The summer has been a busy one for Jose Gonzales. Total employment at Gonzales Construction has surged from 38 to 55 people, largely due to a contract to build a new apartment complex west of Hubbard. Jose came up the hard way (Episode 2, 8/7/05), crossing the US border illegally from Mexico. He and his wife Angela are now US citizens and have built a solid life in Hubbard. The Caucasian folks who hang out at the Hubbard country club have no idea that this once “illegal alien” has a net worth that exceeds that of most of them. After all, Jose never had time to learn how to play golf. He drives around in old cars and his home, while well maintained, is reasonably modest. Probably the only guy at the country club who knows Jose’s financial status is his banker, and Jose has long ago told him to keep his mouth shut.
Ironically, Jose could hire even more workers, if he could find them. “What happened to the kids who want to work hard with their hands and learn how to do construction?” he wonders. When Jose was eighteen he started pushing a wheelbarrow and doing landscaping, eventually learning how to do carpentry and more advanced construction. He worked sixteen-hour days to the point of utter exhaustion, often for weeks at a time. It kept food on the table and had a few moments each evening with his self-described “knock-out gorgeous” wife, Angela. There wasn’t much time for leisure, but Jose learned quickly. If he observed someone doing a new task in the construction process, he never forgot the methodology. He learned the tricks of the trade. Jose’s mind is now a virtual encyclopedia of construction knowledge, all gained from “learning by doing.”
Now when he hires new kids, some of them don’t even stick around for lunch on the first day. The work is hard, but Jose starts them at $12 an hour, with a wage of $15 per hour if they make it 90 days. Jose expects them to be moving all the time, with no wasted effort. They are costing him time, and time is money. However, Jose is patient with them, if they show promise. If they make a costly mistake, he seldom scolds them. Instead, he shows them what they did wrong, how to correct it, and admonishes them, “Just don’t do that again.” Jose hired 20 entry-level workers this summer. As of June 4th, only five of them are still working for him, and two of those are “on the edge.” “No one wants to work anymore,” says Jose.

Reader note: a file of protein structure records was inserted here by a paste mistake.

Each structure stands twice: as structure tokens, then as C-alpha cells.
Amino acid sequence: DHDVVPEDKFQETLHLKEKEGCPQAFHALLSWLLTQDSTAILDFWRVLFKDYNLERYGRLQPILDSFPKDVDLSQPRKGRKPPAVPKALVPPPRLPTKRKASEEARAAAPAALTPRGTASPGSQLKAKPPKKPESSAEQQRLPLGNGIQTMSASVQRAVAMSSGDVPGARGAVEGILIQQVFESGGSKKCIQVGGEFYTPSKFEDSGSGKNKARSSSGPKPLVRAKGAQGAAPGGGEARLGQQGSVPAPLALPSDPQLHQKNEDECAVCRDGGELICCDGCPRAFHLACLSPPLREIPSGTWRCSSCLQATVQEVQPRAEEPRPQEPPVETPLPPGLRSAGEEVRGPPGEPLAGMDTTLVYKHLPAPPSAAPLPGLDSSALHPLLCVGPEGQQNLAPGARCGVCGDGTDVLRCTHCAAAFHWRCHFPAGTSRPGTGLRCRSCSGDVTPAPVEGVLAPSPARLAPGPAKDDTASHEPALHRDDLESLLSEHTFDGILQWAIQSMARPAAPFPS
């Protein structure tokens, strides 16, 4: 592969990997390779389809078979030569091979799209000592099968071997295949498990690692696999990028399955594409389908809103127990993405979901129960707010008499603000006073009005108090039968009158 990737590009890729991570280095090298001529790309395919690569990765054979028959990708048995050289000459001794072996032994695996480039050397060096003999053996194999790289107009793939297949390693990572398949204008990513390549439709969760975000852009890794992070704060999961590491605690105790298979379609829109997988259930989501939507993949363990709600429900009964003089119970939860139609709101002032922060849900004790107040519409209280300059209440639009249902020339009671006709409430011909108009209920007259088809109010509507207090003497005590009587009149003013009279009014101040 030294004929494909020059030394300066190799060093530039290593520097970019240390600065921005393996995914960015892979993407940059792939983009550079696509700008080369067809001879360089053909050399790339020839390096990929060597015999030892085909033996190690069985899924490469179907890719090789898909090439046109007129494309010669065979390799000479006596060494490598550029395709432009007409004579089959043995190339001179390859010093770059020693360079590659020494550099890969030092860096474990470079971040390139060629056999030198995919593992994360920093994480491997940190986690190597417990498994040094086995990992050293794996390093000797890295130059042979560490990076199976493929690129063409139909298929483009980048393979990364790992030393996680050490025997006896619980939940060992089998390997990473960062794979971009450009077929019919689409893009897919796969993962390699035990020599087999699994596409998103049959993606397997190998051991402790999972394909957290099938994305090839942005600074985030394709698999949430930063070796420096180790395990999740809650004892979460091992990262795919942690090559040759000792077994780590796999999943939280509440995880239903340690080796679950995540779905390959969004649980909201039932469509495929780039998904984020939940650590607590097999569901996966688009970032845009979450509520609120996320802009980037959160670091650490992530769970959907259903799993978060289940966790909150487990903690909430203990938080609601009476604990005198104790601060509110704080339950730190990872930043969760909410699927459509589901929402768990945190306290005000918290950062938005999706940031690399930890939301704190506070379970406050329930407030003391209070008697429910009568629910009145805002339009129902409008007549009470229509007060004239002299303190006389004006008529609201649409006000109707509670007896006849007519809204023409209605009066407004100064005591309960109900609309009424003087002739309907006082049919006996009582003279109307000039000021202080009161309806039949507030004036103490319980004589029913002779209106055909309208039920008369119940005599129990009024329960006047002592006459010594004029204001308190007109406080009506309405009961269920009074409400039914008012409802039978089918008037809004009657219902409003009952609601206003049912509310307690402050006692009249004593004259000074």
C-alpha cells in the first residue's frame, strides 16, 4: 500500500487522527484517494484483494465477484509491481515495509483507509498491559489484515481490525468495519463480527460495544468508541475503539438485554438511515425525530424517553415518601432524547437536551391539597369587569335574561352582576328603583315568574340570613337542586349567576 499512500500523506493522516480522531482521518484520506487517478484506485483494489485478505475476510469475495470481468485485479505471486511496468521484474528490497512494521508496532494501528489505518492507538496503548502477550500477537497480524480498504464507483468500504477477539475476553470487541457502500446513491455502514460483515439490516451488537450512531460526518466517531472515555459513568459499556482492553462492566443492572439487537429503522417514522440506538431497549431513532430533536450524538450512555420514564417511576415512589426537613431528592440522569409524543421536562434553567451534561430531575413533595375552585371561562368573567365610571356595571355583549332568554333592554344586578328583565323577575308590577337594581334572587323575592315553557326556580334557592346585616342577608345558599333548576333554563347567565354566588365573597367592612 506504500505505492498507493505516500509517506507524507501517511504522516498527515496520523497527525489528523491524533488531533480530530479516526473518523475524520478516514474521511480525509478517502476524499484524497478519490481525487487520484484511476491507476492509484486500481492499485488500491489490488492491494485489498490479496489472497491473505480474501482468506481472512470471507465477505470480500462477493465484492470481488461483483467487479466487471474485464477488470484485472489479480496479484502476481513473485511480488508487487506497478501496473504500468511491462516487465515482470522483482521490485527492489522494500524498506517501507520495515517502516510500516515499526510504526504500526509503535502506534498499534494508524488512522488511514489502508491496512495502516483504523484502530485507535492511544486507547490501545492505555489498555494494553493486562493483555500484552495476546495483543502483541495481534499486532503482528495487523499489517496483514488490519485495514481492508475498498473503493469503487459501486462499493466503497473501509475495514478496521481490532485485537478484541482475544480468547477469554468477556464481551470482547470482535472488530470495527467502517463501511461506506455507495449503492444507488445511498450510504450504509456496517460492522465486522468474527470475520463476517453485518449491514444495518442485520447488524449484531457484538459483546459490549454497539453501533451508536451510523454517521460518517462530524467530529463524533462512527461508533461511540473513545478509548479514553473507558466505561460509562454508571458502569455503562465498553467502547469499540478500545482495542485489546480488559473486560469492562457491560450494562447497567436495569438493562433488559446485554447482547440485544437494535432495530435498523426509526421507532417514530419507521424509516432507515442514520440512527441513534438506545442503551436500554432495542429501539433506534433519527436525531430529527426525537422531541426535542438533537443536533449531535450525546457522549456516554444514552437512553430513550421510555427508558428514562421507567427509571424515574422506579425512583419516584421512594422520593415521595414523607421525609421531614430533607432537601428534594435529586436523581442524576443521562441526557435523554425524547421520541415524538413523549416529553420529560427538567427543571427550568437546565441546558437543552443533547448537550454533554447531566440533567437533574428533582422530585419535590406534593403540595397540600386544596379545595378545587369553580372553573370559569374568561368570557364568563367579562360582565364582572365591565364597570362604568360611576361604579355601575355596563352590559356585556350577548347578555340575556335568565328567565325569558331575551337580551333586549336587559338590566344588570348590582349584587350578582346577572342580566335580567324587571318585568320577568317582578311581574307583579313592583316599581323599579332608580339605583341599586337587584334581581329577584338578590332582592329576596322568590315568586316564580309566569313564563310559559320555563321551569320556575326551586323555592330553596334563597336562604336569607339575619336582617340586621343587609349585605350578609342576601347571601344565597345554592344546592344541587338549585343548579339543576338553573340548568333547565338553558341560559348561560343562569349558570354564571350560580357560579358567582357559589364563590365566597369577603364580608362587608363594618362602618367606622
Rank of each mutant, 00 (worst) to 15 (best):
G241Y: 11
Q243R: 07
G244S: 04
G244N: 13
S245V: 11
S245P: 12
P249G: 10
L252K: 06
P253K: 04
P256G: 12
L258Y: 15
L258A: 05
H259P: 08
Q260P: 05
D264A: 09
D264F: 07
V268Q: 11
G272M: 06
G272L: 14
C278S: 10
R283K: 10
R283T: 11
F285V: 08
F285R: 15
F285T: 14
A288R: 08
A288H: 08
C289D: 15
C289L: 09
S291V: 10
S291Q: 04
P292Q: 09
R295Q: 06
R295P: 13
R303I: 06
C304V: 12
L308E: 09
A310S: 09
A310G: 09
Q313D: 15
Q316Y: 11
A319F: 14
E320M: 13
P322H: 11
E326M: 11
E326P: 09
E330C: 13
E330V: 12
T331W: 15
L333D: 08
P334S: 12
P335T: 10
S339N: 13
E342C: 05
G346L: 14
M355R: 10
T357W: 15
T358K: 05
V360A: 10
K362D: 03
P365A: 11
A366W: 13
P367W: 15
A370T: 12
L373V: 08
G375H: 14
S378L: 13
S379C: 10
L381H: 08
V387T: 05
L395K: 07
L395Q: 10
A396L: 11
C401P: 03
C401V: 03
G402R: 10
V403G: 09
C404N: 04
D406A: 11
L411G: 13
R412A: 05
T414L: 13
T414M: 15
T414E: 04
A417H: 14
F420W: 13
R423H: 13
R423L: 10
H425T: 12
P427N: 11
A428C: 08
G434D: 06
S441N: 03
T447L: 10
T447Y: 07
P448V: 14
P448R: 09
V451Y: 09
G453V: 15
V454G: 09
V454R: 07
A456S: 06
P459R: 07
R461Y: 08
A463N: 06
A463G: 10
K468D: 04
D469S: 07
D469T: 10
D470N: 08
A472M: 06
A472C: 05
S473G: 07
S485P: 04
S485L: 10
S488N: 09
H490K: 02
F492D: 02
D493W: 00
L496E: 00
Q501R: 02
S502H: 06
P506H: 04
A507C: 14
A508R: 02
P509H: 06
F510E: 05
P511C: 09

The labor shortage is critical. Jose’s projects would be behind schedule if his existing workers didn’t work overtime, but he knows that his loyal employees can work only so many weekends before they will quit. There is a young guy, Renaldo, east of town, that runs a roofing company with a virtual 100% Hispanic labor force. Jose has hired Renaldo for a few small jobs and he’s noticed how hard those guys work. Renaldo has hinted that he can get more of these workers from Mexico if Jose wants to hire them. In fact, a couple of Renaldo’s men have applied to work for Jose, but they don’t have the proper paperwork. This pains Jose, because those guys remind him of a young man named Jose Gonzales, many years ago. They work hard, but more important, they want to learn.
Last night Jose and Angela had a quiet dinner on the patio. They talked about the early years when they had nothing but dreams. They didn’t want to imagine what their lives would have been like if they had stayed in Mexico. They thought about the bright futures their children have, now that they are attending college and working in the family business. Now they find their own business threatened, not because they can’t find cheap labor, but because they can’t find anybody that wants to work hard, even at a good wage. They look at the illegal aliens that have recently applied for work at Gonzales Construction and see in their faces the desire for the American dream. “All they want is an opportunity,” says Jose to Angela.
They struggle with their dilemma. They are law abiding American citizens who run a private business and pay boatloads of taxes. Their employees pay taxes. They are loyal to the United States and love this country very much. They have a company to run and customers to please, but they can’t find legal workers to do the job. Right on their doorstep are young men who will do the work, at a decent wage, without shirking or complaining. They are not robots; they are human beings who seek a better life. Angela and Jose sit for hours on the patio, debating their options. Finally the decision is made.
“I’ll call Renaldo tomorrow morning,” says Jose.